Staff Publications

Staff Publications

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    'Staff publications' is the digital repository of Wageningen University & Research

    'Staff publications' contains references to publications authored by Wageningen University staff from 1976 onward.

    Publications authored by the staff of the Research Institutes are available from 1995 onwards.

    Full text documents are added when available. The database is updated daily and currently holds about 240,000 items, of which 72,000 in open access.

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Record number 41360
Title An index for beef and veal characteristics in dairy cattle based on carcass traits.
Author(s) Werf, J.H.J. van der; Waaij, E.H. van der; Groen, A.F.; Jong, G. de
Source Livestock Production Science 54 (1998). - ISSN 0301-6226 - p. 11 - 20.
Department(s) Animal Breeding and Genetics
ID Lelystad, Institute for Animal Science and Health
Publication type Refereed Article in a scientific journal
Publication year 1998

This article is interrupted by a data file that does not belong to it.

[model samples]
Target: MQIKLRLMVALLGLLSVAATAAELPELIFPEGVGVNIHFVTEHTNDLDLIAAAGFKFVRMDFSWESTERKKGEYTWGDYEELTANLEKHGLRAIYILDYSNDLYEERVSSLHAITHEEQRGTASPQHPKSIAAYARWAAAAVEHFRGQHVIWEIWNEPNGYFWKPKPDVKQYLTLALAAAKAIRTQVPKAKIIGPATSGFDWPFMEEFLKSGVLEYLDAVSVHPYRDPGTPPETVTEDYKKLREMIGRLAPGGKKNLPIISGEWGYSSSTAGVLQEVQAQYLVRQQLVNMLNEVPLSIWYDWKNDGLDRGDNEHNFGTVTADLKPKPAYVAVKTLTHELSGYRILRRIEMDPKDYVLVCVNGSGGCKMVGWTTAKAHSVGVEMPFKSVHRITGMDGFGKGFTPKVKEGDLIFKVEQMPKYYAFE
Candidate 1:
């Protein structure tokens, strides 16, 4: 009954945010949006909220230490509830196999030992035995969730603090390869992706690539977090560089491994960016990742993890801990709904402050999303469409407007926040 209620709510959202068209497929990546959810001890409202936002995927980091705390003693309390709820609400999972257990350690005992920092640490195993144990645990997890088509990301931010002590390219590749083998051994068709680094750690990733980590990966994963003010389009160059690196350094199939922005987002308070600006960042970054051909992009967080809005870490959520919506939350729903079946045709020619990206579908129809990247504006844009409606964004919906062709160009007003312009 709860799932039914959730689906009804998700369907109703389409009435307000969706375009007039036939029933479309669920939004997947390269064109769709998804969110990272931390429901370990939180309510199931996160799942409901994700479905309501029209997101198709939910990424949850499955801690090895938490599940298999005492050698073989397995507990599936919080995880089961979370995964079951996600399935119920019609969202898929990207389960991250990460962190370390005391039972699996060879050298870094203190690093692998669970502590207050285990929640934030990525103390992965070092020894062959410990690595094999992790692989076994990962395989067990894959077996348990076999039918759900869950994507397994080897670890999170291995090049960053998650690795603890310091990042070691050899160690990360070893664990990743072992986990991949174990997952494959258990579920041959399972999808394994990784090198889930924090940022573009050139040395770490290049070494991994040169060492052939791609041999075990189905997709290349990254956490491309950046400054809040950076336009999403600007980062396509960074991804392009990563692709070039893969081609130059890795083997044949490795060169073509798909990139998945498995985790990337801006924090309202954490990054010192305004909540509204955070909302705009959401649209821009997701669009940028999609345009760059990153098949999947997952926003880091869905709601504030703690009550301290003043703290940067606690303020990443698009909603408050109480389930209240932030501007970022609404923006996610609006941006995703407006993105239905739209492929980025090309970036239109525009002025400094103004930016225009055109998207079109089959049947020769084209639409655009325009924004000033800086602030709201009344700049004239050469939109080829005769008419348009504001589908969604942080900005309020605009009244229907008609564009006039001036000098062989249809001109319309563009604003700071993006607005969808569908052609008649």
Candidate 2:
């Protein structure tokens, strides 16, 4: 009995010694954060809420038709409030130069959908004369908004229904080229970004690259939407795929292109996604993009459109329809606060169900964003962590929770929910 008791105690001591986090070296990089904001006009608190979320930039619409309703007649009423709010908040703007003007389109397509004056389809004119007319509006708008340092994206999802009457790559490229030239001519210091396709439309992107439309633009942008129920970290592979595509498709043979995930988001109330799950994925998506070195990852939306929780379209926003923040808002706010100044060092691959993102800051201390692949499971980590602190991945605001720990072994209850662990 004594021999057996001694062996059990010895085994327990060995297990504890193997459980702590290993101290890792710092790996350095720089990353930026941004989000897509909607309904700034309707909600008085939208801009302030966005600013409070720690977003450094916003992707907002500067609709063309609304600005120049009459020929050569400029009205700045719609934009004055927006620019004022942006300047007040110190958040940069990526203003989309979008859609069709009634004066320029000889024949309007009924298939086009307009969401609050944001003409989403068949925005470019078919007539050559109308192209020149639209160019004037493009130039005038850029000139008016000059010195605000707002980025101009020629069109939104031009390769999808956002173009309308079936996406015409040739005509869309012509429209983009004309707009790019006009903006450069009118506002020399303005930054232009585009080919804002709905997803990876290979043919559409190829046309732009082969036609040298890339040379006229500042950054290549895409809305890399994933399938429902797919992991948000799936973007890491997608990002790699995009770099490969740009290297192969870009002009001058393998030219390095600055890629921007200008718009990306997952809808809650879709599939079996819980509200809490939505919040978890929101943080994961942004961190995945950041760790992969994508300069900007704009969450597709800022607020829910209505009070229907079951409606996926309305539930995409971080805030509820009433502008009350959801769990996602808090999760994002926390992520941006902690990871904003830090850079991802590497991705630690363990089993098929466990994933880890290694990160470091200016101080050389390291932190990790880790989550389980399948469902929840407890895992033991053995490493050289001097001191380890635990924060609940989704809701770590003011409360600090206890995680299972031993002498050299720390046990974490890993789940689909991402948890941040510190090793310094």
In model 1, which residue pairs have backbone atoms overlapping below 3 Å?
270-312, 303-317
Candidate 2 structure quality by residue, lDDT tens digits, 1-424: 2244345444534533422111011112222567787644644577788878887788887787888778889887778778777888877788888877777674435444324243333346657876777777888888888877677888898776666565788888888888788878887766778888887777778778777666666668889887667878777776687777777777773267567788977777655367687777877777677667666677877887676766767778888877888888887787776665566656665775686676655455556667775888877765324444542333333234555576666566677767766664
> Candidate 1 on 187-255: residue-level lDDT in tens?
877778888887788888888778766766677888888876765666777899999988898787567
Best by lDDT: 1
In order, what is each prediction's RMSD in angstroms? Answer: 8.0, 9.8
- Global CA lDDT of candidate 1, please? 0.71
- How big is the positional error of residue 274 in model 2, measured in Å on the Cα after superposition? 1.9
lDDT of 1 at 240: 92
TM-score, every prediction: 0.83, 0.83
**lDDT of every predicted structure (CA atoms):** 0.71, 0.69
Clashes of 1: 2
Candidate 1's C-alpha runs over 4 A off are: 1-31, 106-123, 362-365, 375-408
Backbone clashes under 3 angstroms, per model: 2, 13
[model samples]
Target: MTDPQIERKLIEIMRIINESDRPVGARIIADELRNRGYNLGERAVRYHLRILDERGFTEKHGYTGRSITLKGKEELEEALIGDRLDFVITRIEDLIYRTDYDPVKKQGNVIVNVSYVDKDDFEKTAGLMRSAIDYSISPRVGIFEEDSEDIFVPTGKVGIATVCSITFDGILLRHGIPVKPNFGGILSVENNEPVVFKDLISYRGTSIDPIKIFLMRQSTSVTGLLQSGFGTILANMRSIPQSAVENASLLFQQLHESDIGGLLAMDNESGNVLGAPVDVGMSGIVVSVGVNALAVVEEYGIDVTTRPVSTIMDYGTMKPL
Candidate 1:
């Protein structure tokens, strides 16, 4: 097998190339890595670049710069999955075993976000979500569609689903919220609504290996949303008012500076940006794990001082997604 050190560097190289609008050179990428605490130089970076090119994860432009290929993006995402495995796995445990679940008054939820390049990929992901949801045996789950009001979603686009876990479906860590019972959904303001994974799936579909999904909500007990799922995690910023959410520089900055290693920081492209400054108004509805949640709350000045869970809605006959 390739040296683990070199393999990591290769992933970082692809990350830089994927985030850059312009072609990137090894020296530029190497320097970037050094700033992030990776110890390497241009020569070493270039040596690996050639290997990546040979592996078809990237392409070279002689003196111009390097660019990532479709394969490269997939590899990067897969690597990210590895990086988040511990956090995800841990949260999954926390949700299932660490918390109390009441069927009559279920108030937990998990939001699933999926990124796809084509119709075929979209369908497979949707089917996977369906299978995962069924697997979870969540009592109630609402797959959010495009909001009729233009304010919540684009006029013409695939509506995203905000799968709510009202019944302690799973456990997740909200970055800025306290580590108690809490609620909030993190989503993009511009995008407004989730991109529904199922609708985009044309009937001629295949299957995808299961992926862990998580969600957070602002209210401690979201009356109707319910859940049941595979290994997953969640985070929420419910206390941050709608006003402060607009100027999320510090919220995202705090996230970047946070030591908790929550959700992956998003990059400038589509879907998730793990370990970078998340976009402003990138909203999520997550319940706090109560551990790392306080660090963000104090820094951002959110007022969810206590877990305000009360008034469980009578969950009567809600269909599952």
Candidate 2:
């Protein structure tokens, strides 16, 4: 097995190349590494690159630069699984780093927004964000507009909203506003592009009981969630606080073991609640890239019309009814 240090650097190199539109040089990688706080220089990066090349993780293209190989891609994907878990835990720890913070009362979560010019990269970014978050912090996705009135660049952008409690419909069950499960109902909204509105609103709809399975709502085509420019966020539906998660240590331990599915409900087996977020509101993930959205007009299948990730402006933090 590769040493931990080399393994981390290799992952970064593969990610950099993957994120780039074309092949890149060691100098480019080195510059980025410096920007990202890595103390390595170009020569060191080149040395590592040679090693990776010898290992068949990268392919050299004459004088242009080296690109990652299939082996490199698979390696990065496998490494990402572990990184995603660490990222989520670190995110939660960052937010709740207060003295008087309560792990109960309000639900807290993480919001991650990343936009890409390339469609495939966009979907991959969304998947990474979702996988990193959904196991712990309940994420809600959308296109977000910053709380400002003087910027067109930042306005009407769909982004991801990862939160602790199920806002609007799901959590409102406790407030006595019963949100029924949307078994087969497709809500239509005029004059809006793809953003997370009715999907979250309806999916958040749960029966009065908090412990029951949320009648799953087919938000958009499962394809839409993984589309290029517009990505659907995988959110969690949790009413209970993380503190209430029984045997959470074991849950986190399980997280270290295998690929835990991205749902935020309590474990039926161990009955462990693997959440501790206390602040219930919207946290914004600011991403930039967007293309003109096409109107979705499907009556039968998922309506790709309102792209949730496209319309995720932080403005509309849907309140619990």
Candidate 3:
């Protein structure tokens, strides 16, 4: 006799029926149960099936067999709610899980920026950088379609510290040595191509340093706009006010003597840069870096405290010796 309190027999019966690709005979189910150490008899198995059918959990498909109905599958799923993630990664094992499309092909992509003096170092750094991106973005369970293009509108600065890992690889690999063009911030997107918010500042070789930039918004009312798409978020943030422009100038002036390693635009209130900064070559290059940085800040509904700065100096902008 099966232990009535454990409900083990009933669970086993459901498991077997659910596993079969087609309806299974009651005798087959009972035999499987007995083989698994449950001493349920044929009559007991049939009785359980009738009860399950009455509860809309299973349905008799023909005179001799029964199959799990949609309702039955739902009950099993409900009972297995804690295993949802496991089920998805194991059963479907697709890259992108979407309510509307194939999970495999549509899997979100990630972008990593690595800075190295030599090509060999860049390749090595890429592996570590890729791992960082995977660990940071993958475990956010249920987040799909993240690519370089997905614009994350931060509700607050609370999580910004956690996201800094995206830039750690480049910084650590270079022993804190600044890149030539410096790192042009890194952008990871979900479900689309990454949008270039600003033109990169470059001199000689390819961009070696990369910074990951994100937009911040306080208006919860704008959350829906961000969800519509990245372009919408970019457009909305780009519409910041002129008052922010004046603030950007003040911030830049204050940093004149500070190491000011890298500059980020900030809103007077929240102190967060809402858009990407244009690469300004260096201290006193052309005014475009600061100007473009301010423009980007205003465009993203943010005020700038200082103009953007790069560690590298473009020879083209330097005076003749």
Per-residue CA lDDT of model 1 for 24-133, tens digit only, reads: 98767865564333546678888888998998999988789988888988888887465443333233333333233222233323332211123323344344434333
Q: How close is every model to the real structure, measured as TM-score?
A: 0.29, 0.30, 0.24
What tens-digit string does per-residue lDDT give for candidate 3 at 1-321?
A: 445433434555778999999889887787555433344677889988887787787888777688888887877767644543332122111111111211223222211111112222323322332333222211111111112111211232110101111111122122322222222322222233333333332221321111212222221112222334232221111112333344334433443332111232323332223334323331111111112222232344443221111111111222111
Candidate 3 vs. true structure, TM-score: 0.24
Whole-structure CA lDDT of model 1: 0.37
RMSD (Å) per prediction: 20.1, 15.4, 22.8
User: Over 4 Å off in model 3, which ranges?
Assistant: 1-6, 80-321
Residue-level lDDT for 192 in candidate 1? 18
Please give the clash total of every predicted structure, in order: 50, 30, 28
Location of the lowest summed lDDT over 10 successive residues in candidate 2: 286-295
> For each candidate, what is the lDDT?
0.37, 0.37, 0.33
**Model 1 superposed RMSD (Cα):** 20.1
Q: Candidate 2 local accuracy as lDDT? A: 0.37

Abstract Carcass data are nowadays routinely collected from Dutch slaughterhouses. The aim of this study was to develop a selection index for beef production traits in a dairy cattle population based upon such data. Records were available from three categories of animals: veal calves, beef bulls, and cows culled from dairy herds. All animals originated from dairy or dual purpose breeds. Heritabilities for carcass traits on veal calves varied from 0.06 to 0.19; for bulls from 0.25 to 0.30, and for culled cows from 0.07 to 0.20. Economic values were determined from profit equations for each of the three categories and cumulative discounted expressions (CDE) were used to compare economic values of traits across groups. Relative to dairy traits, CDE were 0.55, 0.05 and 0.28 for traits on veal calves, beef bulls, and culled cows, respectively. The standard deviation of the resulting selection index was about 9% of the standard deviation of the net merit index for milk production traits. The largest amount of the total genetic gain is allocated to daily gain in veal production. In cows, carcass weight (with a negative economic value) and fleshiness were increased. The study shows that some additional genetic gain can be obtained by utilising routinely recorded carcass data
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